Unfortunately, students in ELD classes experience this lack of access daily. There are many forms of “borders” and barriers immigrant students face in their daily lives, and throughout my time in the high school classroom, this became a harsh reality. Education reformer Mike Rose often writes about the psychological isolation felt by those who are in the lower strata of our society. Speaking of the the historically marginalized, Rose comments, they are “strangers in our midst.” They are present but are unseen. Kind of like being “worth nothing.” Vale Verga.
Though the task of changing whole systems of inequality rooted in history and consciousness may seem daunting, on the teacher-student level, where the environment is safe, it is my conviction that things can change. “Good” teachers, writes education reformer Sarah Lawrence Lightfoot, have a “currency” of ideas. These are “conveyed through relationships,” a “dialogue” she later writes, “between the audience and the teacher” Where we find hope is with this space the classroom offers. Critical writers and champions of educational reform seem to have in common a desire to lessen this widening gap between us and them. To bring the humanity back to education. Future educators should understand that learning, real life-changing learning, reality-redefining learning, learning as path to healing, can happen in the classroom. It can be achieved when we focus on relationships and understanding of the other. “When it suddenly seems possible to extend your reach” writes Rose, “that’s the fundamental experience of opportunity, and it can be liberating”.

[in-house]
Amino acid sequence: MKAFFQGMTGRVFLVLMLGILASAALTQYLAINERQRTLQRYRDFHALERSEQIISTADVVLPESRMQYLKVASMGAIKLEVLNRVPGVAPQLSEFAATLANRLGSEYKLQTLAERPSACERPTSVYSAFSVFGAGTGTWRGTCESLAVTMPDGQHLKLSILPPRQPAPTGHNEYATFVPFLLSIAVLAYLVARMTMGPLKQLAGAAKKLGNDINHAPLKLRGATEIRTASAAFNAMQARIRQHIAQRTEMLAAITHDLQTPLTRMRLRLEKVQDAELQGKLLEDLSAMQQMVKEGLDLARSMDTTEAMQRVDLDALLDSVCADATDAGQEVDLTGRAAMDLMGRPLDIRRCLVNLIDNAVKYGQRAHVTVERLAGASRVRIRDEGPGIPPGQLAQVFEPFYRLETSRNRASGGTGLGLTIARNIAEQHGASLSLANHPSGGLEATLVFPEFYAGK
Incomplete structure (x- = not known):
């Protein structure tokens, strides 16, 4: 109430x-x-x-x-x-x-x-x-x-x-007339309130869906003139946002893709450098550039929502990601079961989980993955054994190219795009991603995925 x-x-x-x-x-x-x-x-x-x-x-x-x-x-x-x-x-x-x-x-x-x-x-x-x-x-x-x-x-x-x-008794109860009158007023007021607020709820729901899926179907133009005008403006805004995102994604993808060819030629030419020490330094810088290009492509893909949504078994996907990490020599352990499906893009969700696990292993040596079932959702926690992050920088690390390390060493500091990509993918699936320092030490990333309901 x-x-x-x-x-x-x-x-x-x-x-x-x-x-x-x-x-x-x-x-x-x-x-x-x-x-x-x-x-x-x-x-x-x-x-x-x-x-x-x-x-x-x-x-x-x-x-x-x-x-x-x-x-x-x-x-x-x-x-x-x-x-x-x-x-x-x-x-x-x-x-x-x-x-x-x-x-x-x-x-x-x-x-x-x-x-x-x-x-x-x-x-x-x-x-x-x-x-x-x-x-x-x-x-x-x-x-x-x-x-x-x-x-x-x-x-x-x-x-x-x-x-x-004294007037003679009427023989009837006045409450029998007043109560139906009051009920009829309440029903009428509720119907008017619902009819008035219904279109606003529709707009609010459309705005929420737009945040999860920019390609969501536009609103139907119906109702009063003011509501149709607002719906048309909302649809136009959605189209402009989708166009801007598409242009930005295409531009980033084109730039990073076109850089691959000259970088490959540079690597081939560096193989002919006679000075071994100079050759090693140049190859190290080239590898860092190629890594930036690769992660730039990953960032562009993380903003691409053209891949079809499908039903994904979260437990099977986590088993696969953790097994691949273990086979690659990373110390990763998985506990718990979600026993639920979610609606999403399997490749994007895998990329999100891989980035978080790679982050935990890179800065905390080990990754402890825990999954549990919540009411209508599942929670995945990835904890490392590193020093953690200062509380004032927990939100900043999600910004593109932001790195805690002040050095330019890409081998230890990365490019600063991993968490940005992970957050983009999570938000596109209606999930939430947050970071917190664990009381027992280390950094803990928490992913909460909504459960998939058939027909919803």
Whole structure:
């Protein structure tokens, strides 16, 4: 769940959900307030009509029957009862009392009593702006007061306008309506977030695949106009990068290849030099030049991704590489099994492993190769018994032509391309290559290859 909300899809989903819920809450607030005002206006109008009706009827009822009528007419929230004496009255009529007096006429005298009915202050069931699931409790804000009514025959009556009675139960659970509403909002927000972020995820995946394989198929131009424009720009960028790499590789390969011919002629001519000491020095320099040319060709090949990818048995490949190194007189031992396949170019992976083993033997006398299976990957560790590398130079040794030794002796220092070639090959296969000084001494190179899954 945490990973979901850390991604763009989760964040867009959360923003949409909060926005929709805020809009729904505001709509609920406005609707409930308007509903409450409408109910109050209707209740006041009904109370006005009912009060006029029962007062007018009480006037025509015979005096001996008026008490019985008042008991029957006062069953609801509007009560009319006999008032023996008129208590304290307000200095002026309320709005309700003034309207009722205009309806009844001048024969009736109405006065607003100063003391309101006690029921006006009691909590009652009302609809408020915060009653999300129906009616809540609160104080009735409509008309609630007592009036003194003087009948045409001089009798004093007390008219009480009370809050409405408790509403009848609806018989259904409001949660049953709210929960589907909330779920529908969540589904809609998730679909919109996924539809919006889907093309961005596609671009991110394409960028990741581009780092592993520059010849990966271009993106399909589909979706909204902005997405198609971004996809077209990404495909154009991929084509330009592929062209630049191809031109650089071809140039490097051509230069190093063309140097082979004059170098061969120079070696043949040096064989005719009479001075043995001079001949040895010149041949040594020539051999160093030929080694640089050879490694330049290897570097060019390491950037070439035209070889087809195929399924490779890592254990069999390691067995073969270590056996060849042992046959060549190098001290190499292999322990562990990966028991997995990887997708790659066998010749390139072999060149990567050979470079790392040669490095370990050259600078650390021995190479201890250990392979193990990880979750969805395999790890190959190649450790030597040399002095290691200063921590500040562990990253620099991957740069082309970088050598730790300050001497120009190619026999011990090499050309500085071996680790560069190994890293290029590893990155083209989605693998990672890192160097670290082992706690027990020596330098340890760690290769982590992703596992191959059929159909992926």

The mother tongue touches the tender spots
Of her child as she sends her to school.
To learn English
A Romance Language
For dreamers in love with a dream
La lengua de las fronteras
She speaks with body more than lips.
Arms crossed sitting still
To act out is an invitation to look in
She remembers the words of her mother
And hears the words of the others
How strange, is this estranged stranger
Alien to some
Beloved by few
This isolation that is nothing new
The mother tongue sits head down and voiceless
tries to speak
washed out by the noises
The students protesting
“I don’t understand”
The teacher confessing.
It’s not worth it
That’s what they say
As the sun burns shallow into the day
She’ll learn the roads
The maps of this nation
The phrases copied
The scripted formation.
And she’ll recite them again and again
The words on the page written in pen
Thrust in this race race
Quite late in the game
this race race to the top so much in vain
But will she get there?
when will it stop
can she ever really be on top?
As the push to memorize mesmerizes.
And should she grow in grammar
Grow in speech
What is it really that we teach?
To keep her mother tongue at bay?
That merit is measured in only one way?
As she works to find some form clarity
The Symptom of disparity
But let us come, come to the realization
that memorization is not memory
Let us connect our head and our heart
Rip the borders apart
And mend this gap between us and them
Isn’t that where all problems stem?
We paint with color
Red brown black and blue
Collaborating colors, making one with the two